A drive south on Route 37 in Northern New York is a sociologist’s report come to fruition. Prosperity and poverty co-exist, on awkward display, at literally every other house or piece of unworked land. And in my heart I know it’s no different anywhere else we might go on the East Coast. (I’ve never been west of Pennsylvania, so I can’t speak to what’s happening out there personally.)

These are the times that try men’s souls, quoth the Founding Father Thomas Paine. We’re a long way removed from the days of publishing pamphlets to get our messages across, but if this blog o’ mine is going to have any purpose, I will have my say on politics and policy on both sides of the border.

It has always astounded me that people who live in such abject poverty saw in 45 (I refuse to address him by his name) their saviour. It may well be, to paraphrase a post on my Twitter feed this morning, that when they listen to him, they hear their own beliefs and biases writ large; but a year and a quarter in with his administration, and from a socio-economic point of view, I’m pretty sure tax cuts for the rich weren’t what the majority of the electorate was after.

Now, more than ever, job losses are a typed announcement taped to the doors and windows of failed businesses. My parents and I spoke at some length with our waitress at a soon-to-be shuttered Friendly’s ice cream shop in DeWitt, NY as we ate our lunch and paced ourselves through dessert sundaes for which lesser trips were taken. She already has two other jobs, but she needs all three to support herself and her family. We’re usually 20% tippers, but she got that and a couple dollars just before we left.

I’m seeing a shift from capitalism to corporatism, and I don’t like it. Am I guilty of encouraging this shift, some might say, by shopping online? Yes, but I don’t do it all the time. We as a Western society are stuck in a chasm born of so-called opportunity, convenience, and ease of use, and I’m at a loss as to how we get out of it.

This is what I do know. John Phillips of the Mamas and the Papas was onto something when he composed the lyric “all the leaves are brown, and the sky is grey.” He was singing about the bleakness of winter, but a month into spring in 2018, in a country I dream sometimes about moving back to, it is a vastness that only an open eye can see.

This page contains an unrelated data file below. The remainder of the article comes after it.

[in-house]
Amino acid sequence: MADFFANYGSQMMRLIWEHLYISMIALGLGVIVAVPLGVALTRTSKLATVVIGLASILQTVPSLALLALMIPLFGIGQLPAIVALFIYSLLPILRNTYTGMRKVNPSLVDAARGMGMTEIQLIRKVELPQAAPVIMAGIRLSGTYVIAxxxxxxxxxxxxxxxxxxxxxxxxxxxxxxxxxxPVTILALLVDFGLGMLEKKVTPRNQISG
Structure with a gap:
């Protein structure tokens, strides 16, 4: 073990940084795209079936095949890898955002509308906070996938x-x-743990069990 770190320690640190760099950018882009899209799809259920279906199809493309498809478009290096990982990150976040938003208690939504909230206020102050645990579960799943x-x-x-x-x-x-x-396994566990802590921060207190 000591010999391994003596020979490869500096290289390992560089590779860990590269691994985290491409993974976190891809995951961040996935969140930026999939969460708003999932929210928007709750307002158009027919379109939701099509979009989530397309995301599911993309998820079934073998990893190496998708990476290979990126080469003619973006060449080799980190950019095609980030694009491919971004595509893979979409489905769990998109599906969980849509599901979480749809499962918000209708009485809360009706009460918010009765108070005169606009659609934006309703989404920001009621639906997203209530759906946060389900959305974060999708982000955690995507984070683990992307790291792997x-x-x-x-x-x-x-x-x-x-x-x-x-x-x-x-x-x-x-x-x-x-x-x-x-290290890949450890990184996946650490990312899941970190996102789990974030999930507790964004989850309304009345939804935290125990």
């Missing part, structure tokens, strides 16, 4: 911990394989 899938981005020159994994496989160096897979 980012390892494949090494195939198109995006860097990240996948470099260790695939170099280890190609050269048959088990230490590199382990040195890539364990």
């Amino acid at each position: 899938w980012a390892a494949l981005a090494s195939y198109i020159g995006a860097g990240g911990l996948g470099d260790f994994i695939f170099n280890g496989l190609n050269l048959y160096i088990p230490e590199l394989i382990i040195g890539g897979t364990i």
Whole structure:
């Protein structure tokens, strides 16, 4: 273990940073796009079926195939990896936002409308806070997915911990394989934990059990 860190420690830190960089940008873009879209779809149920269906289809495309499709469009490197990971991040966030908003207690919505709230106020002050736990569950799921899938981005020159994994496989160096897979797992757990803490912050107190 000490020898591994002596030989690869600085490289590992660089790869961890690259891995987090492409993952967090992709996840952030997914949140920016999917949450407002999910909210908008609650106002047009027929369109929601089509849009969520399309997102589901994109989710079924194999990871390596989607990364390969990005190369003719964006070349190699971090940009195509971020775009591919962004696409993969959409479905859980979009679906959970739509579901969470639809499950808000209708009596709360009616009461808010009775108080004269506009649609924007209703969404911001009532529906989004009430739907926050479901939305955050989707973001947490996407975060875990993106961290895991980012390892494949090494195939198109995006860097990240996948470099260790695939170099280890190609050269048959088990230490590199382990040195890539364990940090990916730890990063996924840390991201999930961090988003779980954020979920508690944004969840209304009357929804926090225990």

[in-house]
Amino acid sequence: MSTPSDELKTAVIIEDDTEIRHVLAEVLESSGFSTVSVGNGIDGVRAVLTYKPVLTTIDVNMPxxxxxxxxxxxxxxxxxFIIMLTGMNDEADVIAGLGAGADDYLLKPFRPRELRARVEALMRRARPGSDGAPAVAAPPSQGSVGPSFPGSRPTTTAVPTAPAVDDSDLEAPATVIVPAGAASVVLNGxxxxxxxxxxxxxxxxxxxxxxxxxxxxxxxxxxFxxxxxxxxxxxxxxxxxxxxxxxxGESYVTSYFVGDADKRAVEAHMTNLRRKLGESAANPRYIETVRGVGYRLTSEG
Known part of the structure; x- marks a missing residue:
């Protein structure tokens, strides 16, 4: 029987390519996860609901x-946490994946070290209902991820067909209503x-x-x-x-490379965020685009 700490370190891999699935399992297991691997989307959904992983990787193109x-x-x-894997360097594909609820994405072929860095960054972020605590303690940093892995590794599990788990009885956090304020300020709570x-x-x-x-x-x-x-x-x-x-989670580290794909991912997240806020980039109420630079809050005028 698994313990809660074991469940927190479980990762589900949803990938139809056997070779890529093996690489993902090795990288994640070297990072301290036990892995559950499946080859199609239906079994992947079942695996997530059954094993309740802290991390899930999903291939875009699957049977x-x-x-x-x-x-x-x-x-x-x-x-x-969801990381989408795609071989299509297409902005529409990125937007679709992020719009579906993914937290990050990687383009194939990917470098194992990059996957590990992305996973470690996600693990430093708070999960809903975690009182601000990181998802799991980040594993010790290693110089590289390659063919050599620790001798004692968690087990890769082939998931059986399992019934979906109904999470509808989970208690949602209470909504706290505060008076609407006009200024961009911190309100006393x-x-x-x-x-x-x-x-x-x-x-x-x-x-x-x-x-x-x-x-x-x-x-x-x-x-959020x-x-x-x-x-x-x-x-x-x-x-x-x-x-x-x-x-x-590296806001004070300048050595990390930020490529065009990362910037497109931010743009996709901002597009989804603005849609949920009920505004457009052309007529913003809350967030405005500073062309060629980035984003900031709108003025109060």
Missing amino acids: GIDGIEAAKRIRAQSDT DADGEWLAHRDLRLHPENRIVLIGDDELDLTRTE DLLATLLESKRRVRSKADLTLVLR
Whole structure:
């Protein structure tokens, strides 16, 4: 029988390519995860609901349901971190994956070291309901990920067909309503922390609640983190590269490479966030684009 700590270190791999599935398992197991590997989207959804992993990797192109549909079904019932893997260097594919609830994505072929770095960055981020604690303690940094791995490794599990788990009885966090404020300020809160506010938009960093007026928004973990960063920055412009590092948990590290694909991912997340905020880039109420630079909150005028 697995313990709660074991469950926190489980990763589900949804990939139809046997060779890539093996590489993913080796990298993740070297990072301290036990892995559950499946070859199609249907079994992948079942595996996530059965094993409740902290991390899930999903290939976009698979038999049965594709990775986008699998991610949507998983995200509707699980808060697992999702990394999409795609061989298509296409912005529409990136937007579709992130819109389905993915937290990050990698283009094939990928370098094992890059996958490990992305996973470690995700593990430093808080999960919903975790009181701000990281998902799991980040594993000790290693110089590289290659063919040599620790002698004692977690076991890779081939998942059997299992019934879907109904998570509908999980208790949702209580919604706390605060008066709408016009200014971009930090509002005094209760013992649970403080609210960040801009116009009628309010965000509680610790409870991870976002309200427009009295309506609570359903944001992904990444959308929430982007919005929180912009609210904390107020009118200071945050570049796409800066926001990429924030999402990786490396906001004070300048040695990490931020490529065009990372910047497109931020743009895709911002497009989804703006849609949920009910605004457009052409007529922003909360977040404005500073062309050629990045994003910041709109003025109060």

Spinning The Wheel

Even at this physical distance, I am still trying to process what happened in Toronto this week.

As the mother of two sons who have diagnoses on the autism spectrum, and equally the mother of a daughter, and a grandmother of a lovely, sharp female toddler; I may well be stumped for the right words, too.

Marc Lepine. Elliot Rodger. Alek Minassian. The misappropriation of the term incel.

At the risk of overstating the obvious, Western culture really hasn’t learned a damned thing or made the tamping down of misogyny a priority. Who, or what, can we blame? This is a world that welcomed a perverted parasite to the Oval Office with open arms, and everyone else who can see the emperor for the naked criminal he is are no closer to evicting him, try as they might. He’s all about his base, and it continues to be a dispiritingly strong one.

I also think parents still aren’t talking to their children about consent and entitlement in personal and romantic relationships. Look: it’s never a bad time to do it. And a child’s level of ability, or disability, shouldn’t even play into it. I am signed on to take a workshop next week on the topic of sex and disability, to help me bring my younger son up to speed, in a way he will hopefully understand, but I know there will be a need for remediation based on his personality, if only to remind him to keep his hands away from the front of his pants in public.

It is also incredibly important to keep top of mind that autism did not rent a cargo van and mount a sidewalk this week. Autism is not facing ten counts of first-degree murder and thirteen fourteen counts of attempted murder. Autism does not leave a breadcrumb trail of YouTube videos and a lengthy manifesto rife with vitriol towards the women who turn it down for sex. Autism does not radicalize itself.

We need to start with that, and prioritize conversations about mental health, generally, at home, at school, and in the workplace. Places where people gather, as a matter of course, on a daily basis.

And, since the personal is also political, we must reclaim the base. I am surprising myself by agreeing with Kanye West: self victimization is a disease. No one’s interests are served when it’s the practice to mollycoddle people who routinely behave badly and have learned that there is no real, lasting consequence for it.

If it is my job to teach my children how to get along in the world, why are so many others not out there doing the same? It’s time to get real.

It’s time to replace blame with basic human kindness. It’s time to turn the wheel.